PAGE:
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International Parkinson and Movement Disorder Society
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Results from a Phase III Clinical Trial for Subcutaneous Infusion of Foslevodopa/Foscarbidopa

Media Contact: Shea Higgins +1 304-633-3396, 

MILWAUKEE, WI, USA – Continuous subcutaneous infusion (CSCI) of levodopa/carbidopa prodrugs, foslevodopa/foscarbidopa, improved time without dyskinesia in patients with advanced Parkinson’s disease (PD) according to a phase 3 clinical trial released today at the International Congress of Parkinson’s Disease and Movement Disorders® in Madrid, Spain. 

It is well known that long-term use of oral levodopa/carbidopa leads to increased dyskinesia in PD patients. These motor symptoms are thought to be due to the rise and fall of dopamine. Therefore, many investigations have taken place to help treat and prevent the development of levodopa-induced dyskinesia. 

The phase 3 clinical trial designed by Soileau et al. investigated the efficiency and safety of 24-hour CSCI foslevodopa/foscarbidopa, in patients with advanced PD. One hundred forty-one patients were randomized 1:1 to receive CSCI of foslevodopa/foscarbidopa and an oral placebo or CSCI of placebo and an oral dose of levodopa/carbidopa for 12 weeks. Treatment with CSCI of foslevodopa/foscarbidopa produced a greater improvement in time without dyskinesia when measured at week 12. 

Werner Poewe, Professor of Neurology at the Medical University Innsbruck, Austria, responded to this study, “This study is an important milestone in the development of continuous drug-delivery strategies to treat motor fluctuations in PD showing significant increases in ON-time without troublesome dyskinesias using subcutaneous 24-hour infusions of a novel levodopa/carbidopa formulation. The observed effect size is similar to previous studies of levodopa/carbidopa intestinal gel infusions and results on secondary outcomes suggest benefits on sleep and early morning motor function. Local tolerability appears consistent with what is known from continuous subcutaneous apomorphine infusions in PD, suggesting that subcutaneous infusions of levodopa will soon be added to the portfolio of treatment options in PD patients with levodopa-related motor complications.”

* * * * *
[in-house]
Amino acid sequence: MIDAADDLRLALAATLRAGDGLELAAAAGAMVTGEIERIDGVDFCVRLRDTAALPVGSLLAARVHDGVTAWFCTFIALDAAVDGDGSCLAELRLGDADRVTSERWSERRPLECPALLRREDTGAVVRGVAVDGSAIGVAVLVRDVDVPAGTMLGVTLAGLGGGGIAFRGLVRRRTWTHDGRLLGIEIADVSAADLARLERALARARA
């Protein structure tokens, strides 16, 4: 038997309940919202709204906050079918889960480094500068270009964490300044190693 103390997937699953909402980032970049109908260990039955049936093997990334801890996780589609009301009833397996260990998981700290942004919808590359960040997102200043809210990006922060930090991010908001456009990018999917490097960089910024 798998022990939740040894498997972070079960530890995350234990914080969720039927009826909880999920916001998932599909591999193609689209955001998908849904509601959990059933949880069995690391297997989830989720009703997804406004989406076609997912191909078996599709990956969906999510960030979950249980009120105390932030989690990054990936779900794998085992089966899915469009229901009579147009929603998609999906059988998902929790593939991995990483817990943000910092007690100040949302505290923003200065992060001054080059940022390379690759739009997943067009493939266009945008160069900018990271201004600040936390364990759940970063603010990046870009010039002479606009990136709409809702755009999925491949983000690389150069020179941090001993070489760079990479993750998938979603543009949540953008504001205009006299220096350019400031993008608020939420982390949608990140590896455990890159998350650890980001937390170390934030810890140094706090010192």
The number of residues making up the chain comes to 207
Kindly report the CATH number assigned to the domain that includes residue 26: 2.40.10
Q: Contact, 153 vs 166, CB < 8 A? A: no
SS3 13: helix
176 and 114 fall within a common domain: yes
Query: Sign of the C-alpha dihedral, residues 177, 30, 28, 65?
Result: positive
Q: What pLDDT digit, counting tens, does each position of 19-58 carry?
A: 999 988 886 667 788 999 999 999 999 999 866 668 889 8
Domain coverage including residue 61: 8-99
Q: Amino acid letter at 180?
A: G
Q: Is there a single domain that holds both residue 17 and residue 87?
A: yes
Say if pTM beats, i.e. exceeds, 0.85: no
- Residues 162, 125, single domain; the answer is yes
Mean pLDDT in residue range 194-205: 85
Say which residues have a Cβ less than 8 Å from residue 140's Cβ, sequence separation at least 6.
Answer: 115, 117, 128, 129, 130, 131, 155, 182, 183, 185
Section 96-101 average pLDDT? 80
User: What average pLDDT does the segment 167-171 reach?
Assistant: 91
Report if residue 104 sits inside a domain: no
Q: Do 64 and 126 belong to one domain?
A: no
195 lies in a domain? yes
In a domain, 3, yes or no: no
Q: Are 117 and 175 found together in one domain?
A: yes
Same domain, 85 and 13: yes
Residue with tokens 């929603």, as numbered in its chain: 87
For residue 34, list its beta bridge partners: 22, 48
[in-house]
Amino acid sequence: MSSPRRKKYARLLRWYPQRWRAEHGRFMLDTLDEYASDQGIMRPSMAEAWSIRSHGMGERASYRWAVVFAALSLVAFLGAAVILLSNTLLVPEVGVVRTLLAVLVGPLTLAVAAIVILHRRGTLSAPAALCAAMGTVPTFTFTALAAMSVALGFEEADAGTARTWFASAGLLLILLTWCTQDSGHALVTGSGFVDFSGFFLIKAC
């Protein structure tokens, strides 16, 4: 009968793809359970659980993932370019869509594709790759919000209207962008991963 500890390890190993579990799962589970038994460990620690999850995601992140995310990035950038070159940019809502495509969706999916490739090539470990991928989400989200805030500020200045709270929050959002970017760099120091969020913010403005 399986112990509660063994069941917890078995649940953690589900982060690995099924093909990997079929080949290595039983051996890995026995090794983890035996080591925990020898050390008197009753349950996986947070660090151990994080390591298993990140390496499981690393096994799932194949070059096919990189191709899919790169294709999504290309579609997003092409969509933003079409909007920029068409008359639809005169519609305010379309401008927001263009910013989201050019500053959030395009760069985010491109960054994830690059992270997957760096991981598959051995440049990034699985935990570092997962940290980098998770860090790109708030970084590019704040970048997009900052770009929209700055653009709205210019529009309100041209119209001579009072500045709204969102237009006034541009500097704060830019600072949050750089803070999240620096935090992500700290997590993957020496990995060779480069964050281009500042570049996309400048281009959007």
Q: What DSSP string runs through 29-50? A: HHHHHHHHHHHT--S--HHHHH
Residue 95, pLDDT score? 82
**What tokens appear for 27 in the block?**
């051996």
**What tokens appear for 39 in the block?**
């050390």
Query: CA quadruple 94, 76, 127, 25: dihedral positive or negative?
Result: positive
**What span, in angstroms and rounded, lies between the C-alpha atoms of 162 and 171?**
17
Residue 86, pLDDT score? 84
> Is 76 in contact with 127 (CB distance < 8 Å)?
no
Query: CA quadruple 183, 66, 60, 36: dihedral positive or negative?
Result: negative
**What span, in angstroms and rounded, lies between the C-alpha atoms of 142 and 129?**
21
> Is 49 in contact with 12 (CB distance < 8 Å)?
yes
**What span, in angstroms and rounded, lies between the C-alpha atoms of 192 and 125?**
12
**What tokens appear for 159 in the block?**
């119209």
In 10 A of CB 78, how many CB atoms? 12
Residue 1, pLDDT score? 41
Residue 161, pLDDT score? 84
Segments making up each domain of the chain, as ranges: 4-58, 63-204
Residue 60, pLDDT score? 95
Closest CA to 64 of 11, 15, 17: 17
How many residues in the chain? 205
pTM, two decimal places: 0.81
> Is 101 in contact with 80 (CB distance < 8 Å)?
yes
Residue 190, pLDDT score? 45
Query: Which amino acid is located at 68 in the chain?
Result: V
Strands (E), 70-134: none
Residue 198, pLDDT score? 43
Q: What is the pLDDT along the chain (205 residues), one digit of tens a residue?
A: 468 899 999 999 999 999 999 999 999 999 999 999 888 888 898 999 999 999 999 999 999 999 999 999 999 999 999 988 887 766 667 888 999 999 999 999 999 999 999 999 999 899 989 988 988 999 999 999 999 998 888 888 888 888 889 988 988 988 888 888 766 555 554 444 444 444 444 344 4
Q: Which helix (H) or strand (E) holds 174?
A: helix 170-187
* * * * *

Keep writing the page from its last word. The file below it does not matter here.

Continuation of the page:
Full abstract text: Reference #: 775

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About the 2022 MDS International Congress of Parkinson’s Disease and Movement Disorders®:
The MDS International Congress is the premier annual event to advance the clinical and scientific discipline of Movement Disorders, including Parkinson’s disease. Convening thousands of leading clinicians, scientists and other health professionals from around the globe, the International Congress will introduce more than 1,500 original scientific abstracts and provide a forum for education and collaboration on latest research findings and state-of-the-art treatment options. 

About the International Parkinson and Movement Disorder Society: 
The International Parkinson and Movement Disorder Society (MDS), an international society of over 11,000 clinicians, scientists, and other healthcare professionals, is dedicated to improving patient care through education and research. For more information about MDS, visit


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